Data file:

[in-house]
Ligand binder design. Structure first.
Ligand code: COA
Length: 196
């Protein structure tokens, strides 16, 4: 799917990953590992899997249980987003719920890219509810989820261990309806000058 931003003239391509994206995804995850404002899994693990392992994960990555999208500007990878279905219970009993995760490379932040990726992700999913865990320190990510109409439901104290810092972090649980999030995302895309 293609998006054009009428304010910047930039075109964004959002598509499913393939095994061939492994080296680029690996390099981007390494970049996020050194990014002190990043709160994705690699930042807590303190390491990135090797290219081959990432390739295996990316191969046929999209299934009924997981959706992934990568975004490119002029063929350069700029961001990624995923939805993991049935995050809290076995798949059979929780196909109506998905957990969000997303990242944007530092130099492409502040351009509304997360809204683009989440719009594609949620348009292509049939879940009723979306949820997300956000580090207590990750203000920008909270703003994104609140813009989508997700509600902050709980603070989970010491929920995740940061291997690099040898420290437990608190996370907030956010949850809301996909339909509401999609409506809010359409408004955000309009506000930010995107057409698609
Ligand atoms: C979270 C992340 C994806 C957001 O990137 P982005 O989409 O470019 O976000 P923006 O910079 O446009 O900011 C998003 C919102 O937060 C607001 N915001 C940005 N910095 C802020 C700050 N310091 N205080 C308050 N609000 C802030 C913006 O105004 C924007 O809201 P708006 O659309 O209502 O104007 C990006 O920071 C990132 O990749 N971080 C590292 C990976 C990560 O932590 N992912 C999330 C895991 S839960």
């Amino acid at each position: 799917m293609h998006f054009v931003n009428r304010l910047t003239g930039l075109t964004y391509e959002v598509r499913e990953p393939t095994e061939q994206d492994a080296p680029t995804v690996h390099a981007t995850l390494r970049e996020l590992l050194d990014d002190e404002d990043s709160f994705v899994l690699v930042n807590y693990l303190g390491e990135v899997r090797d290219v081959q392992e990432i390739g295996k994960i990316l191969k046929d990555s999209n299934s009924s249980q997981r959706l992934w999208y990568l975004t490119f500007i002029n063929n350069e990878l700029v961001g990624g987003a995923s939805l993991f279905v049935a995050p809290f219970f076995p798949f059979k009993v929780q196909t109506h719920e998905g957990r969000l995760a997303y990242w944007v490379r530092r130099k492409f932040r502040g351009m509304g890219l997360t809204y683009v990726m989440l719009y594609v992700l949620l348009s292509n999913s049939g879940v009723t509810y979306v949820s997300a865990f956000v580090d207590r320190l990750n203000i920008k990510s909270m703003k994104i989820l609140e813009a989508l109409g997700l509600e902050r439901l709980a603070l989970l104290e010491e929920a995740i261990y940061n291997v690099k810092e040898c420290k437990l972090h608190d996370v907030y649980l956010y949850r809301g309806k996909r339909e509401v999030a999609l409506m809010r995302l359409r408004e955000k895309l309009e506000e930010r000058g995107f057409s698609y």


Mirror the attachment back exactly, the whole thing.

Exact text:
[in-house]
Ligand binder design. Structure first.
Ligand code: COA
Length: 196
């Protein structure tokens, strides 16, 4: 799917990953590992899997249980987003719920890219509810989820261990309806000058 931003003239391509994206995804995850404002899994693990392992994960990555999208500007990878279905219970009993995760490379932040990726992700999913865990320190990510109409439901104290810092972090649980999030995302895309 293609998006054009009428304010910047930039075109964004959002598509499913393939095994061939492994080296680029690996390099981007390494970049996020050194990014002190990043709160994705690699930042807590303190390491990135090797290219081959990432390739295996990316191969046929999209299934009924997981959706992934990568975004490119002029063929350069700029961001990624995923939805993991049935995050809290076995798949059979929780196909109506998905957990969000997303990242944007530092130099492409502040351009509304997360809204683009989440719009594609949620348009292509049939879940009723979306949820997300956000580090207590990750203000920008909270703003994104609140813009989508997700509600902050709980603070989970010491929920995740940061291997690099040898420290437990608190996370907030956010949850809301996909339909509401999609409506809010359409408004955000309009506000930010995107057409698609
Ligand atoms: C979270 C992340 C994806 C957001 O990137 P982005 O989409 O470019 O976000 P923006 O910079 O446009 O900011 C998003 C919102 O937060 C607001 N915001 C940005 N910095 C802020 C700050 N310091 N205080 C308050 N609000 C802030 C913006 O105004 C924007 O809201 P708006 O659309 O209502 O104007 C990006 O920071 C990132 O990749 N971080 C590292 C990976 C990560 O932590 N992912 C999330 C895991 S839960």
């Amino acid at each position: 799917m293609h998006f054009v931003n009428r304010l910047t003239g930039l075109t964004y391509e959002v598509r499913e990953p393939t095994e061939q994206d492994a080296p680029t995804v690996h390099a981007t995850l390494r970049e996020l590992l050194d990014d002190e404002d990043s709160f994705v899994l690699v930042n807590y693990l303190g390491e990135v899997r090797d290219v081959q392992e990432i390739g295996k994960i990316l191969k046929d990555s999209n299934s009924s249980q997981r959706l992934w999208y990568l975004t490119f500007i002029n063929n350069e990878l700029v961001g990624g987003a995923s939805l993991f279905v049935a995050p809290f219970f076995p798949f059979k009993v929780q196909t109506h719920e998905g957990r969000l995760a997303y990242w944007v490379r530092r130099k492409f932040r502040g351009m509304g890219l997360t809204y683009v990726m989440l719009y594609v992700l949620l348009s292509n999913s049939g879940v009723t509810y979306v949820s997300a865990f956000v580090d207590r320190l990750n203000i920008k990510s909270m703003k994104i989820l609140e813009a989508l109409g997700l509600e902050r439901l709980a603070l989970l104290e010491e929920a995740i261990y940061n291997v690099k810092e040898c420290k437990l972090h608190d996370v907030y649980l956010y949850r809301g309806k996909r339909e509401v999030a999609l409506m809010r995302l359409r408004e955000k895309l309009e506000e930010r000058g995107f057409s698609y």